“There is no doubt that this senseless violence is breathtaking — but I never saw a body with bullet holes that was more devastating than taking the right to arm ourselves away.”

Oh, Ben.

Next up we have Mr. Kristof:

The leading contenders for the Republican nomination for president tell us three interesting things about America.

First, many G.O.P. voters are so disenchanted they’re willing to entrust the country to candidates — Donald Trump, Ben Carson and Carly Fiorina — with zero experience in elective office or military command. Only two men without previous time in major elective office or the military have been president, Herbert Hoover and William Howard Taft, and both had held cabinet posts. No president has ever been as inexperienced as any of these three leading Republican candidates.

Second, the public feels an odd awe for C.E.O.s and presumes they know how to run things, even if their records suggest otherwise. This cultural reverence for C.E.O.s perhaps also explains why pay packages have increased — and why Fiorina was allowed to take home a $21 million severance package after she was fired as Hewlett-Packard’s chief executive for incompetence.

Third, the only kind of welfare that carries no stigma in America is corporate welfare. For all Trump’s criticisms of government, his familywealth came from feeding at the government trough. His father, Fred Trump, leveraged government housing programs into a construction business; the empire was founded on public money.

My bet is that Trump, Fiorina and Carson will fade, and that voters will eventually turn to a more conventional candidate, perhaps Senator Marco Rubio. From the Democrats’ point of view, the scariest Republican ticket might pair Rubio with John Kasich. Rubio has natural political skills, projects youth and change, and would signal that the Republican Party is ready to expand its demographic base. Rubio and Kasich would also have a decent chance of winning their home states, Florida and Ohio — and any ticket that could win Florida and Ohio would be a strong contender.

But instead, Republican primary voters for now are pursuing a bizarre flirtation with three candidates who are the least qualified since, well, maybe since Trump put his toe in the waters before the 2000 election.

In that sense, they offer a window into the American psyche — part of which is our adulation of the C.E.O.

There’s something to be said for C.E.O.s’ entering politics: In theory, they have management expertise and financial savvy. Then again, it didn’t work so well with Dick Cheney.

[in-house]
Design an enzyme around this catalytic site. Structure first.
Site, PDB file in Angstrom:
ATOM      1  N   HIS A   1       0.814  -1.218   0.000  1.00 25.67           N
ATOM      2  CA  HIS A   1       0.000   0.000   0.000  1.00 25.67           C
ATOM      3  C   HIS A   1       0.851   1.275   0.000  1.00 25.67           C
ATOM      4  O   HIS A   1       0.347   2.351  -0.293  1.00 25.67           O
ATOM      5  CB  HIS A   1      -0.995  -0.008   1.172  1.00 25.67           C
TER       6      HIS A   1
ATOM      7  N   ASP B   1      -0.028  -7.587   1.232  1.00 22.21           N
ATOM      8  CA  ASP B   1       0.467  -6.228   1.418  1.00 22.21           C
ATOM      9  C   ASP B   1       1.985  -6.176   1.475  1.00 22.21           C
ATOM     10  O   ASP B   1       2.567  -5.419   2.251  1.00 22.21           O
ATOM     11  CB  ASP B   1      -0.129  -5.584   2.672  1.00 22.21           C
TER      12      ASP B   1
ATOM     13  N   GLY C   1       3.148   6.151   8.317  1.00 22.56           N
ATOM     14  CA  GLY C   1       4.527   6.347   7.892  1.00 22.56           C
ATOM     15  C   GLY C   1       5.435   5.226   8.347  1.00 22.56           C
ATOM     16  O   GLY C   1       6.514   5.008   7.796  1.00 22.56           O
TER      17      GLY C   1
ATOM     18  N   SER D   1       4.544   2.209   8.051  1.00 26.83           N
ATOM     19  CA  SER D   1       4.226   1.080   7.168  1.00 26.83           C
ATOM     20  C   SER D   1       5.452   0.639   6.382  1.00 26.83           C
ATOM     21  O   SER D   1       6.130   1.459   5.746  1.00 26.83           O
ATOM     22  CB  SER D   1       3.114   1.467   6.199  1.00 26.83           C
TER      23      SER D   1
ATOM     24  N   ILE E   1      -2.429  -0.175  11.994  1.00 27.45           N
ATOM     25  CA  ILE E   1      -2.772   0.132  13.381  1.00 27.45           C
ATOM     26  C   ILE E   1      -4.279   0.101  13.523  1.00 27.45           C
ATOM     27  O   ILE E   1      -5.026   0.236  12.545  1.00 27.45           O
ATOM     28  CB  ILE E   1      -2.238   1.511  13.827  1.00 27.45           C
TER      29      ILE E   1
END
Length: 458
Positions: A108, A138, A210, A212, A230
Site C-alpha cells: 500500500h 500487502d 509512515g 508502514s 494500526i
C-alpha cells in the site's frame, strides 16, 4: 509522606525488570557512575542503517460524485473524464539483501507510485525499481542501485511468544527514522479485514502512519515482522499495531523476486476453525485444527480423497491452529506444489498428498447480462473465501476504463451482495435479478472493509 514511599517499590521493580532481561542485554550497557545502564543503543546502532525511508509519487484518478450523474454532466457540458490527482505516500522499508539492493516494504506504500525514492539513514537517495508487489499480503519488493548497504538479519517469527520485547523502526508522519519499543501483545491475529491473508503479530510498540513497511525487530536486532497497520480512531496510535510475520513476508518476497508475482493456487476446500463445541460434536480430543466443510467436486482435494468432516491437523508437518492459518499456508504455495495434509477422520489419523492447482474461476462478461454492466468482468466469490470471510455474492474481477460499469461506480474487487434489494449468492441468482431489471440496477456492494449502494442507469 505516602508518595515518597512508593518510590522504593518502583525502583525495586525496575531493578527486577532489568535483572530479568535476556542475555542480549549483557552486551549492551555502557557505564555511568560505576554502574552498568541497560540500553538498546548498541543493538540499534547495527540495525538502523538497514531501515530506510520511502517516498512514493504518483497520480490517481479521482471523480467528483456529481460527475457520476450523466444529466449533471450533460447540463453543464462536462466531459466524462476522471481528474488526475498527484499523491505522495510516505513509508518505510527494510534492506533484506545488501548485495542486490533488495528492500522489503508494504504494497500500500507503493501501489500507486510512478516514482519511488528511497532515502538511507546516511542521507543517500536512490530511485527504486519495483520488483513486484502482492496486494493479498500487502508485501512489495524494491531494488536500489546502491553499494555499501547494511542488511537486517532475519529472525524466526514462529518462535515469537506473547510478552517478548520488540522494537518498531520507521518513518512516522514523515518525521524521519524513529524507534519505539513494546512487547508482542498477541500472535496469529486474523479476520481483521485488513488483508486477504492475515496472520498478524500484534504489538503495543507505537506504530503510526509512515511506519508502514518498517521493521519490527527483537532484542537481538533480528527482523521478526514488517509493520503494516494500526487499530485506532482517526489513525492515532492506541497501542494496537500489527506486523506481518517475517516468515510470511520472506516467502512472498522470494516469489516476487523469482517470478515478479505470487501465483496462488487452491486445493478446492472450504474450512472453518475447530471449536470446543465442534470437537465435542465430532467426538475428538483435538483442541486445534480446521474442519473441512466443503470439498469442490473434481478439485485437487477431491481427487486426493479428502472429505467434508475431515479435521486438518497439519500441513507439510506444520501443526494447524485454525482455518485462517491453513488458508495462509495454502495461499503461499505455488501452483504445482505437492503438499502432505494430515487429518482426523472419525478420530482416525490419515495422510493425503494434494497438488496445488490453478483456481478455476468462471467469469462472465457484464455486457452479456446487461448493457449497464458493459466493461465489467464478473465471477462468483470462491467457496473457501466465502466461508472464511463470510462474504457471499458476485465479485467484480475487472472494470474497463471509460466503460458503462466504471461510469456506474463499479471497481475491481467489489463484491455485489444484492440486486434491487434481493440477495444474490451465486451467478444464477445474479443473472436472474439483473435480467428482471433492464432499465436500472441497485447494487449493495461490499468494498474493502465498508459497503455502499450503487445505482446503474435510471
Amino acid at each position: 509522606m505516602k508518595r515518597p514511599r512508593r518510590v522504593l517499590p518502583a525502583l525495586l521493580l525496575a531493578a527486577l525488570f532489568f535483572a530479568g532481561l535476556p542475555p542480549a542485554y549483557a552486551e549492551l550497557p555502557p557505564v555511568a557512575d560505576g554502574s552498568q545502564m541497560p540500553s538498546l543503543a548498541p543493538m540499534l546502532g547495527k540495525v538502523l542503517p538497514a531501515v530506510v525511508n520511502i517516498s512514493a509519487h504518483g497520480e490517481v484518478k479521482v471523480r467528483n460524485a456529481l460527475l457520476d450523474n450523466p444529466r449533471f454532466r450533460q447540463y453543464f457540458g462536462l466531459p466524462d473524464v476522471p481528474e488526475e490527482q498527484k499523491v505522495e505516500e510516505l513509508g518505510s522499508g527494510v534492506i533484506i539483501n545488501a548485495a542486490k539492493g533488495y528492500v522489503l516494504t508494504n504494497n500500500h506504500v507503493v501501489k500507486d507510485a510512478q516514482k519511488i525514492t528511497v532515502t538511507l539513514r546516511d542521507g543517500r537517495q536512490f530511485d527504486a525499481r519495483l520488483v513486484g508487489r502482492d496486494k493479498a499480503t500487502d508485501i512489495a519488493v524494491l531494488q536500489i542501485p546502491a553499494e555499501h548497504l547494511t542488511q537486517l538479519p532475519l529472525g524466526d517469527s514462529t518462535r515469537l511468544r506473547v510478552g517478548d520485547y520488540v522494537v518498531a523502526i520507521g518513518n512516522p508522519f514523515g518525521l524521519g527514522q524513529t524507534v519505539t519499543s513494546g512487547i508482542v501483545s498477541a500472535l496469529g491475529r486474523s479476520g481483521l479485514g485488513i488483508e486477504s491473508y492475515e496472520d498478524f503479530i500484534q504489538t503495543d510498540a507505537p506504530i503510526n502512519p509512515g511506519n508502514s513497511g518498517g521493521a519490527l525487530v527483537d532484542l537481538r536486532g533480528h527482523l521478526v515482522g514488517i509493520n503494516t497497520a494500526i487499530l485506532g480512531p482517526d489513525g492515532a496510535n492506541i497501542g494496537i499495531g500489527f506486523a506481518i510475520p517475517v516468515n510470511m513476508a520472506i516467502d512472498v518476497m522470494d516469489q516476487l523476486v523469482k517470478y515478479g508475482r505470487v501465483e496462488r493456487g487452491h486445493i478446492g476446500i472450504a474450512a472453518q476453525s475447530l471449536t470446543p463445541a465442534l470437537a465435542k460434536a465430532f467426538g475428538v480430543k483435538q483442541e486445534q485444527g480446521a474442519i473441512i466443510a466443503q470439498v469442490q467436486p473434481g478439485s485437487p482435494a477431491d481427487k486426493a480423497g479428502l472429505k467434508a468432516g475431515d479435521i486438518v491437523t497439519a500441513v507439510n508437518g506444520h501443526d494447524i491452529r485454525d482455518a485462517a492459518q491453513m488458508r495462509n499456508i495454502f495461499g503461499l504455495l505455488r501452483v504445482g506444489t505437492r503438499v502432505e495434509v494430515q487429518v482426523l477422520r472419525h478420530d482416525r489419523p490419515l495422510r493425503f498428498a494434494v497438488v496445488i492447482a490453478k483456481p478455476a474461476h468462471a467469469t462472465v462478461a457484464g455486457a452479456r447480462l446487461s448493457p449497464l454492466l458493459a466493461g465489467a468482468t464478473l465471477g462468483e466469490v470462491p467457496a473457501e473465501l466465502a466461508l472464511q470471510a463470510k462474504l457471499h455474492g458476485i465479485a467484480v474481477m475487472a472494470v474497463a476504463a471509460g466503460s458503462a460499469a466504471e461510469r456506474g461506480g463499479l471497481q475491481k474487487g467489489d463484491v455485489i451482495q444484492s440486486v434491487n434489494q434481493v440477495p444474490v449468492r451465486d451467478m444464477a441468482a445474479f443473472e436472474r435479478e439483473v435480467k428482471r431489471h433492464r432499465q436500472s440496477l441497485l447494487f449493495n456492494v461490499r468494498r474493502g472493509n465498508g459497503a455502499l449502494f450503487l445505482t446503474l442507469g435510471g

More broadly, the United States has overdone the cult of the C.E.O., partly explaining why at the largest companies the ratio of C.E.O. compensation to typical worker pay rose from 20 to one in 1965 to 303 to one in 2014,according to the Economic Policy Institute.

In any case, even if you were conducting a job search for a great C.E.O. to lead the free world, you wouldn’t turn to either Trump or Fiorina.

My sense is that Trump isn’t the idiot that critics often claim (the most common words voters used to describe him in a recent poll were “idiot,” “jerk,” “stupid” and “dumb”). This is a man who is near the top of diverse fields: real estate, book writing, television and now presidential politics. He’s a born showman, a master of branding and marketing. But he doesn’t seem a master of investing.

Back in 1976, Trump said he was worth “more than $200 million.” If he had simply put $200 million in an index fund and reinvested dividends, he would be worth $12 billion today, notes Max Ehrenfreund of The Washington Post. In fact, he’s worth $4.5 billion, according to Forbes.

In other words, Trump’s business acumen seems less than half as impressive as that of an ordinary Joe who parks his savings in an index fund.

An index fund might also have been less ethically problematic. In the 1970s, the Justice Department accused Trump of refusing to rent to blacks. And in 2013, New York State’s attorney general sued him, alleging “persistent fraudulent, illegal and deceptive conduct”; Trump denied the charges.

If Trump’s performance as a business executive was problematic, Fiorina’s was exceptional. Exceptionally bad.

Put aside the fact that she’s the C.E.O. who fired thousands of workers while raking in more than $100 million in compensation and pushing H.P. to acquire five corporate jets. Just looking at the bottom line, she earned her place on those “worst C.E.O.” lists she appeared on.

As Steven Rattner wrote in The Times, Hewlett-Packard’s share price fell 52 percent in the nearly six years she was at the helm. H.P. did worse than its peers: IBM fell 27.5 percent, and Dell, 3 percent.

Oh, and on the day she was fired, the stock market celebrated: H.P. shares soared 7 percent.